Get out of my yard, you pesky kids!

And so it’s begun.  A few nice warm days around here and the bird activity changes really dramatically.  I was running through the neighborhood this morning and there was quite a ruckus happening in the yards of a few people.  I watched a pair of male Northern Cardinals chasing each other through trees and bushes, all the while calling at each other.  I did see one female hanging out off to the side, but she really stayed out of the altercation.  These males went around the front yard of this house for several minutes, before one of them flew across the street.  On landing in a tree in that yard, he was promptly attacked by another male who flew out of the bushes.  This fight didn’t last long at all.  The one who came out of the bushes was a much brighter male (I’ll come back to the color part in another post), and drove the other one away quickly.  The escaping male once again flew into another yard where it was attacked by a fourth male.

Each of the males who was protecting a yard remained visible while that poor little male moved down the street.  I was actually enjoying these little battles, but it got me wondering about a couple of things.  Firstly, I was sort of amazed that there were so many established males in that little stretch of street.  Apparently, cardinal territory size is quite variable.  Territories with a lot of shrub cover tend to be smaller than those with mainly trees.  These yards definitely had a lot of landscaping and so may actually have favored smaller territory sizes.

Conner, R.N.; M.E. Anderson, and J.G. Dickson.  1986.  Relationships among territory size, habitat, song, and nesting success of Northern Cardinals.  Auk 103:  23-31.

Now, given that I was actually out running, I was willing to stop and watch these birds for a little bit, but I did lose track of the male who kept getting chased away and finally got back to running.  It did make me wonder, though.  At the first yard, was that male actually trying to establish himself on a territory or was he trying something else?  In lots of animals, there are many different sorts of mating tactics (we call them alternative mating strategies).  I arrived when the fight was already in progress.  What is that male was actually trying to sneak in a little tryst with that female?  In many species, young males who are unable to acquire or defend territories on their own become floaters.  This strategy means that they move around, between and (furtively) within the territories of other males.  Sometimes these males get secret matings with females.  Sometimes, this experience may actually help them learn the skills and the area better so that they can defend better quality territories in future years.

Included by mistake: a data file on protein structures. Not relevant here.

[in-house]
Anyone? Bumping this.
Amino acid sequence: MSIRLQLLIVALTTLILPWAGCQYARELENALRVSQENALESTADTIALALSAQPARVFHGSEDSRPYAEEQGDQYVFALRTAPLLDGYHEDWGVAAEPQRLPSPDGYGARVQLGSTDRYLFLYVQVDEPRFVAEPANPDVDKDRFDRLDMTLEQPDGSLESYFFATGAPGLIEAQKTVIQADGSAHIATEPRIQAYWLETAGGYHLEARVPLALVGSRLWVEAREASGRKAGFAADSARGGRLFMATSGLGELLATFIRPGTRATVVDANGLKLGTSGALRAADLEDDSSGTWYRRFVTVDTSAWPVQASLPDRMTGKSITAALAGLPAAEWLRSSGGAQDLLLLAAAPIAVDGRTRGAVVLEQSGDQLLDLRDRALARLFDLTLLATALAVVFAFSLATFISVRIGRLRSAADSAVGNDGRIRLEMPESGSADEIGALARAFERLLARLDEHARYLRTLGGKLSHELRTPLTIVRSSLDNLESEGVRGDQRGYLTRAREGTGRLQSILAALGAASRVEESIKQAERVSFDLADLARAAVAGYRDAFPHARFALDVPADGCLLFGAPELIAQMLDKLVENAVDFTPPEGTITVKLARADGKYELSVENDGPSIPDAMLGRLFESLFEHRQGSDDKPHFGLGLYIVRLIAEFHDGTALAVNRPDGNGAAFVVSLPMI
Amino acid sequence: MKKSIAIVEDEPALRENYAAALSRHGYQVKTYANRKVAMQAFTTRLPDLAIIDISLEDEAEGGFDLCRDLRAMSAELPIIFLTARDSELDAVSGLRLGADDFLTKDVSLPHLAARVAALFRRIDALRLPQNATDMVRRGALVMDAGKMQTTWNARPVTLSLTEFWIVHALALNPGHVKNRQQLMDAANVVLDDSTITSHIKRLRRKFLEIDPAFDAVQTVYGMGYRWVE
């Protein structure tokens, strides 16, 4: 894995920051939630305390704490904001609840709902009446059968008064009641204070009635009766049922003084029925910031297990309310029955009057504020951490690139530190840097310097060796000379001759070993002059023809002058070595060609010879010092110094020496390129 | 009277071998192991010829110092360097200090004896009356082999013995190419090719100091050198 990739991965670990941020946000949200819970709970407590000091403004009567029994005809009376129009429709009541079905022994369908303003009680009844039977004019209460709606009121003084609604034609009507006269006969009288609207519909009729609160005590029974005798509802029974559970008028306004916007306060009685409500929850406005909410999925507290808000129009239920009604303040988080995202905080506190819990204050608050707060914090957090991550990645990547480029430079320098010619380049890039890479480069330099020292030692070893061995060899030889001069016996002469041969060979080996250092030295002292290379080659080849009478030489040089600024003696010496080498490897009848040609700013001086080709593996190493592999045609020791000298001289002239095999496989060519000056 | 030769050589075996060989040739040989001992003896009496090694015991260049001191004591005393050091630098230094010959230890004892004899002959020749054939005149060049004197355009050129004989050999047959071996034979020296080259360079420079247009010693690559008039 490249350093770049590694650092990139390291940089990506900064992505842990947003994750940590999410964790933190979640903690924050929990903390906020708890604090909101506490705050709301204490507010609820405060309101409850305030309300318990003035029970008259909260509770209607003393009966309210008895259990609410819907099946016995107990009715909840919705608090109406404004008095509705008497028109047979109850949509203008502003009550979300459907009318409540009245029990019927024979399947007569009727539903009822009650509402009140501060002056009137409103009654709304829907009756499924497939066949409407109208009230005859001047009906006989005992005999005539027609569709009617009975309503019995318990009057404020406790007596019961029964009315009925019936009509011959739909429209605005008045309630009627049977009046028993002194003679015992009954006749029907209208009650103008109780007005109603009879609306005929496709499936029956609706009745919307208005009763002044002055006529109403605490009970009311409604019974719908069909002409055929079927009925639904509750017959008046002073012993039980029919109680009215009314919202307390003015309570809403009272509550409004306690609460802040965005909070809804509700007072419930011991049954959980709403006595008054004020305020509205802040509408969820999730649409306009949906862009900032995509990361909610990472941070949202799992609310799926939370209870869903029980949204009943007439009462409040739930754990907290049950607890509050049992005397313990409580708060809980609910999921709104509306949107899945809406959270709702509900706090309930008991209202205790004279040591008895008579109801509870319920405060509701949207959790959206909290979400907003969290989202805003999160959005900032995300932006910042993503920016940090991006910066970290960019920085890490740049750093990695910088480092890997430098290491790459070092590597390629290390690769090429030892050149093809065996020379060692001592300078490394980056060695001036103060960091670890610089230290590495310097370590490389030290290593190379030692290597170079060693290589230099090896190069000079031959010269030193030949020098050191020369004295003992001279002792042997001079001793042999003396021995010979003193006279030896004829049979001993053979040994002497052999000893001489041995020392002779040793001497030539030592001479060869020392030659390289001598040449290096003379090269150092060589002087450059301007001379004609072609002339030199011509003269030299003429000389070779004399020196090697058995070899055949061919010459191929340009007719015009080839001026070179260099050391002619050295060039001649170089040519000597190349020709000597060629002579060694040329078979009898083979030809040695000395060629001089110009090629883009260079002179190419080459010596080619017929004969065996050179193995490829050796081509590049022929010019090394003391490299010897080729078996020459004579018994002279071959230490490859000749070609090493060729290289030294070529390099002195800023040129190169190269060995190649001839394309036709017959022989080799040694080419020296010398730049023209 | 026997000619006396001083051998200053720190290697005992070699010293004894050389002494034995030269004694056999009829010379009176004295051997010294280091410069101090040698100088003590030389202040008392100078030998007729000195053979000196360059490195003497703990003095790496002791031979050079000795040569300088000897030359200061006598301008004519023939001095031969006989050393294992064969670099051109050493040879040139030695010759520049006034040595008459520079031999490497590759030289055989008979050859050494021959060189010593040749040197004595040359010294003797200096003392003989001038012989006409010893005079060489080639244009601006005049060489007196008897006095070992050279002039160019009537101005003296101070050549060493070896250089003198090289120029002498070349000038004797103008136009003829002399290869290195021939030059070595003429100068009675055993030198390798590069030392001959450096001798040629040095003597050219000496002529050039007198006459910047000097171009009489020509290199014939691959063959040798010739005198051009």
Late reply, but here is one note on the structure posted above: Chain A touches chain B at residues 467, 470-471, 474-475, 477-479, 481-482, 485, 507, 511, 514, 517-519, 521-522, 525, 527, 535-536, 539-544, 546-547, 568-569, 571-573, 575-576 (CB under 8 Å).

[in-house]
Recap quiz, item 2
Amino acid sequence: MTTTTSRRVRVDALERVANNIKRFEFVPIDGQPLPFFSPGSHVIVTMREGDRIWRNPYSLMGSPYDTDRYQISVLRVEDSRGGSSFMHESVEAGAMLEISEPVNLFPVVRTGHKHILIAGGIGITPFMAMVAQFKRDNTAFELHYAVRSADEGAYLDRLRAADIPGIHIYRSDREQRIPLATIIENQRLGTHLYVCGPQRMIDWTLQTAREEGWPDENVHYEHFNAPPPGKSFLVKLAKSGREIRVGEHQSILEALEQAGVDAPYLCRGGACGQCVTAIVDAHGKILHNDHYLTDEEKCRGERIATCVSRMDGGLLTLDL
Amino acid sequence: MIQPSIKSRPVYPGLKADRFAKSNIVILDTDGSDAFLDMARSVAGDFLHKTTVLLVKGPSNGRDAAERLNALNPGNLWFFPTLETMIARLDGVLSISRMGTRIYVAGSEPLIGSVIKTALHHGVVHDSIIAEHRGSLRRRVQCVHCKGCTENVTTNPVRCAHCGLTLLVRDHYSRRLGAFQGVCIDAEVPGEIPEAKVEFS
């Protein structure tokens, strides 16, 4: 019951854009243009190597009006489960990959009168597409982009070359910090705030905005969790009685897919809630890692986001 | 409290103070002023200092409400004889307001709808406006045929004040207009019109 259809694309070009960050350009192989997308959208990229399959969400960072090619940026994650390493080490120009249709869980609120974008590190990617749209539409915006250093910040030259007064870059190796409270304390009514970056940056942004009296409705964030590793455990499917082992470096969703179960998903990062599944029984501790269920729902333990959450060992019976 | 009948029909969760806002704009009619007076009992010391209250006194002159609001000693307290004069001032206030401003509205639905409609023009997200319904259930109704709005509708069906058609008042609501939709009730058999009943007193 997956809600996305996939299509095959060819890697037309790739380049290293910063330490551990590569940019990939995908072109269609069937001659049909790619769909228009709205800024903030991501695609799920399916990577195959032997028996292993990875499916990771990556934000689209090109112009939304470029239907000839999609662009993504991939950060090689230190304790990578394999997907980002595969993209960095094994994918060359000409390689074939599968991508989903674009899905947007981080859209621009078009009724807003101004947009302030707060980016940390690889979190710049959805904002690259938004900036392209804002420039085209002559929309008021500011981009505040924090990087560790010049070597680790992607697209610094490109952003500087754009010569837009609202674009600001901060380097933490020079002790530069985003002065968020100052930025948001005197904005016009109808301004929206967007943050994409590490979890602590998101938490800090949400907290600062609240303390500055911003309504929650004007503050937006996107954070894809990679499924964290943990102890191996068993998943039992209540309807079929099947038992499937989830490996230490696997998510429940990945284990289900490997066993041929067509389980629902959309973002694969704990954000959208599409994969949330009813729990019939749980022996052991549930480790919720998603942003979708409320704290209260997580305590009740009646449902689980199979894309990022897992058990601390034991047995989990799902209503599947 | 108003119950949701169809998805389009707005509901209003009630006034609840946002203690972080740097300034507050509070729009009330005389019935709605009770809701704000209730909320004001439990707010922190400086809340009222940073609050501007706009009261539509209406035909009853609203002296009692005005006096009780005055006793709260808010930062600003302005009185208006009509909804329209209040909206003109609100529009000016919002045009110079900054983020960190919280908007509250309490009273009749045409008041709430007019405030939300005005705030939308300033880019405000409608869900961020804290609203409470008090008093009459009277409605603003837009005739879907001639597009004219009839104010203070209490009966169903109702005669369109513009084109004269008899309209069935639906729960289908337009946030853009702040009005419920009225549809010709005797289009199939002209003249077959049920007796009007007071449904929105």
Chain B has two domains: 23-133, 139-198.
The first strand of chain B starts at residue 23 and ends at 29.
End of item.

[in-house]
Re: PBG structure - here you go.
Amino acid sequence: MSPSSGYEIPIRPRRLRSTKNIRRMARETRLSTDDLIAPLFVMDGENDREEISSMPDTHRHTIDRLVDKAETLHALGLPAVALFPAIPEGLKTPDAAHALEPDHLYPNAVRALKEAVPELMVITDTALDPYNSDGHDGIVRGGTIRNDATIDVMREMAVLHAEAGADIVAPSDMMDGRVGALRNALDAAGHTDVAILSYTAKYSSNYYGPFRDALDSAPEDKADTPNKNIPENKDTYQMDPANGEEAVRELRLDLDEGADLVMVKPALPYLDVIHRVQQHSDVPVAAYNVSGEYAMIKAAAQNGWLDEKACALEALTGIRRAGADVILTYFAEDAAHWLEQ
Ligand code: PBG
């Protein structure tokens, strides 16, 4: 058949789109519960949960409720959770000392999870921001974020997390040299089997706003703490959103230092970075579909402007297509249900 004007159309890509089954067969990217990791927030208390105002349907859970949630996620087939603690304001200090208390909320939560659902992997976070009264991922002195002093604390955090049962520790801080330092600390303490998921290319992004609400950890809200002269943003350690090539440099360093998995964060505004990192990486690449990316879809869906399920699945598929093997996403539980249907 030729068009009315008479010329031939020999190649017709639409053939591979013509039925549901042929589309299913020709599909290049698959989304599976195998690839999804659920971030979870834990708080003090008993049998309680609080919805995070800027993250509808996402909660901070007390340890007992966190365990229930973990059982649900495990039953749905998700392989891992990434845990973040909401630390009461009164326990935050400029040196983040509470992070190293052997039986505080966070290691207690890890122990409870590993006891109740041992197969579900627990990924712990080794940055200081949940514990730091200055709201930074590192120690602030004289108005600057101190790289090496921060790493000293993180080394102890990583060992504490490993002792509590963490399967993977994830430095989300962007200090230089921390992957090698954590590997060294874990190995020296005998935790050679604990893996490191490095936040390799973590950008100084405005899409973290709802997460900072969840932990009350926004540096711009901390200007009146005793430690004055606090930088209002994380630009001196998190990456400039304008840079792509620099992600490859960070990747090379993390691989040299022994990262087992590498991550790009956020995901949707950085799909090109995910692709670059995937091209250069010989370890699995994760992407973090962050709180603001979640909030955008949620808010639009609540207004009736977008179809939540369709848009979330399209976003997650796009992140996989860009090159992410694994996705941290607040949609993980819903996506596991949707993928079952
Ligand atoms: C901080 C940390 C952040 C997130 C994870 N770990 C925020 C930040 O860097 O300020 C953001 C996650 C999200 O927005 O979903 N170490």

Zack, S. and B.J. Stutchbury.  1992.  Delayed breeding in avian social systems:  The role of territorial quality and “floater” tactics.  Behaviour 123:  194-219.

If that’s what he was doing, he was certainly getting in some good practice today.  I expect great things from that bird in the future.

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About thomasbiology

I'm an Associate Professor of Biology at Queens University of Charlotte with a background in animal behavior with an emphasis in bird song. I've got two secret goals with this blog (well, since I'm sharing them, they're not so secret): 1. To encourage people to look at the natural world around them- not just as a hiking destination, but to notice all the little things moving around them all the time; and 2. To show some of the science that relates to these little things moving around. There's some really fascinating research out there that so few people get to see.
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